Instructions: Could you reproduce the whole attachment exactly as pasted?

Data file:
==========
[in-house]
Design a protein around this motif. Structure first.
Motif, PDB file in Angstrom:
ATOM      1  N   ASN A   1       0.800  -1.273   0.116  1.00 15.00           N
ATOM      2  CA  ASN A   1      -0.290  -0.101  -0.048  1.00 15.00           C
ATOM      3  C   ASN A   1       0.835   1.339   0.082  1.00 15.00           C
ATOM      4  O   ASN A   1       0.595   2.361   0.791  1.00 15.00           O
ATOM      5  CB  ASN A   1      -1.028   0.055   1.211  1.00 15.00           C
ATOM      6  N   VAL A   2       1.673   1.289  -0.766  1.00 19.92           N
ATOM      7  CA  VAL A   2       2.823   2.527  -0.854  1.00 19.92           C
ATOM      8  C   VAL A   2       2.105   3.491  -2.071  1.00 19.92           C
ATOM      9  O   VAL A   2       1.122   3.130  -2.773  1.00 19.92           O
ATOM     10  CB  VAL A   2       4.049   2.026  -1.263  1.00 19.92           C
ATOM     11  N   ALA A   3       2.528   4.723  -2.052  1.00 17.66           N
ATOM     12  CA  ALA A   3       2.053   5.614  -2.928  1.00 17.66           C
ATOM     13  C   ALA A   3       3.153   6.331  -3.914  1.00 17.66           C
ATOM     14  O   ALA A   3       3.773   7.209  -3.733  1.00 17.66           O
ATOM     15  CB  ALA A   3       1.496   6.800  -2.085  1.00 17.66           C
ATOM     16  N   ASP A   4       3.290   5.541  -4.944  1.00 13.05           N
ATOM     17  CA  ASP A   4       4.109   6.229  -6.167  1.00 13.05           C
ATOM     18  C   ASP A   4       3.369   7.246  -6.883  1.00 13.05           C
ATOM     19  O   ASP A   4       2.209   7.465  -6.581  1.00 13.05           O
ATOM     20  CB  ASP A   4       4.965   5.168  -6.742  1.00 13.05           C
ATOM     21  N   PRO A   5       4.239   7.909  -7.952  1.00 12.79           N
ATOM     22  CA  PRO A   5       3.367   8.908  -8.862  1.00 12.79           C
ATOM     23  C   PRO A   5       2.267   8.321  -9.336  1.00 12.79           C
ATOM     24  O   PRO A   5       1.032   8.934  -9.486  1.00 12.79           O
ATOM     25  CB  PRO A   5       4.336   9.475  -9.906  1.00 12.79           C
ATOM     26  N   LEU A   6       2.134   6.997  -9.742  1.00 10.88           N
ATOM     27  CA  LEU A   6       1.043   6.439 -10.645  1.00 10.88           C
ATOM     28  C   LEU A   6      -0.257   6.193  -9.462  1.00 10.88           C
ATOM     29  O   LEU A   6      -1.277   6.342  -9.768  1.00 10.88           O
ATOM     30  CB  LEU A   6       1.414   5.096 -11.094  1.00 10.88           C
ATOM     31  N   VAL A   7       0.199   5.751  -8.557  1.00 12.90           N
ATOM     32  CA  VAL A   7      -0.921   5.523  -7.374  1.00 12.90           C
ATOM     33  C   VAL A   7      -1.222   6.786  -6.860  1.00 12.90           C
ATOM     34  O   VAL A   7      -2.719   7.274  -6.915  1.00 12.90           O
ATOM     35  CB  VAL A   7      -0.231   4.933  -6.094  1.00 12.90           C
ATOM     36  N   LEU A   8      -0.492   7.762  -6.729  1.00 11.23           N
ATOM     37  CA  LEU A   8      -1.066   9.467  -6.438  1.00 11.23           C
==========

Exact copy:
[in-house]
Design a protein around this motif. Structure first.
Motif, PDB file in Angstrom:
ATOM      1  N   ASN A   1       0.800  -1.273   0.116  1.00 15.00           N
ATOM      2  CA  ASN A   1      -0.290  -0.101  -0.048  1.00 15.00           C
ATOM      3  C   ASN A   1       0.835   1.339   0.082  1.00 15.00           C
ATOM      4  O   ASN A   1       0.595   2.361   0.791  1.00 15.00           O
ATOM      5  CB  ASN A   1      -1.028   0.055   1.211  1.00 15.00           C
ATOM      6  N   VAL A   2       1.673   1.289  -0.766  1.00 19.92           N
ATOM      7  CA  VAL A   2       2.823   2.527  -0.854  1.00 19.92           C
ATOM      8  C   VAL A   2       2.105   3.491  -2.071  1.00 19.92           C
ATOM      9  O   VAL A   2       1.122   3.130  -2.773  1.00 19.92           O
ATOM     10  CB  VAL A   2       4.049   2.026  -1.263  1.00 19.92           C
ATOM     11  N   ALA A   3       2.528   4.723  -2.052  1.00 17.66           N
ATOM     12  CA  ALA A   3       2.053   5.614  -2.928  1.00 17.66           C
ATOM     13  C   ALA A   3       3.153   6.331  -3.914  1.00 17.66           C
ATOM     14  O   ALA A   3       3.773   7.209  -3.733  1.00 17.66           O
ATOM     15  CB  ALA A   3       1.496   6.800  -2.085  1.00 17.66           C
ATOM     16  N   ASP A   4       3.290   5.541  -4.944  1.00 13.05           N
ATOM     17  CA  ASP A   4       4.109   6.229  -6.167  1.00 13.05           C
ATOM     18  C   ASP A   4       3.369   7.246  -6.883  1.00 13.05           C
ATOM     19  O   ASP A   4       2.209   7.465  -6.581  1.00 13.05           O
ATOM     20  CB  ASP A   4       4.965   5.168  -6.742  1.00 13.05           C
ATOM     21  N   PRO A   5       4.239   7.909  -7.952  1.00 12.79           N
ATOM     22  CA  PRO A   5       3.367   8.908  -8.862  1.00 12.79           C
ATOM     23  C   PRO A   5       2.267   8.321  -9.336  1.00 12.79           C
ATOM     24  O   PRO A   5       1.032   8.934  -9.486  1.00 12.79           O
ATOM     25  CB  PRO A   5       4.336   9.475  -9.906  1.00 12.79           C
ATOM     26  N   LEU A   6       2.134   6.997  -9.742  1.00 10.88           N
ATOM     27  CA  LEU A   6       1.043   6.439 -10.645  1.00 10.88           C
ATOM     28  C   LEU A   6      -0.257   6.193  -9.462  1.00 10.88           C
ATOM     29  O   LEU A   6      -1.277   6.342  -9.768  1.00 10.88           O
ATOM     30  CB  LEU A   6       1.414   5.096 -11.094  1.00 10.88           C
ATOM     31  N   VAL A   7       0.199   5.751  -8.557  1.00 12.90           N
ATOM     32  CA  VAL A   7      -0.921   5.523  -7.374  1.00 12.90           C
ATOM     33  C   VAL A   7      -1.222   6.786  -6.860  1.00 12.90           C
ATOM     34  O   VAL A   7      -2.719   7.274  -6.915  1.00 12.90           O
ATOM     35  CB  VAL A   7      -0.231   4.933  -6.094  1.00 12.90           C
ATOM     36  N   LEU A   8      -0.492   7.762  -6.729  1.00 11.23           N
ATOM     37  CA  LEU A   8      -1.066   9.467  -6.438  1.00 11.23           C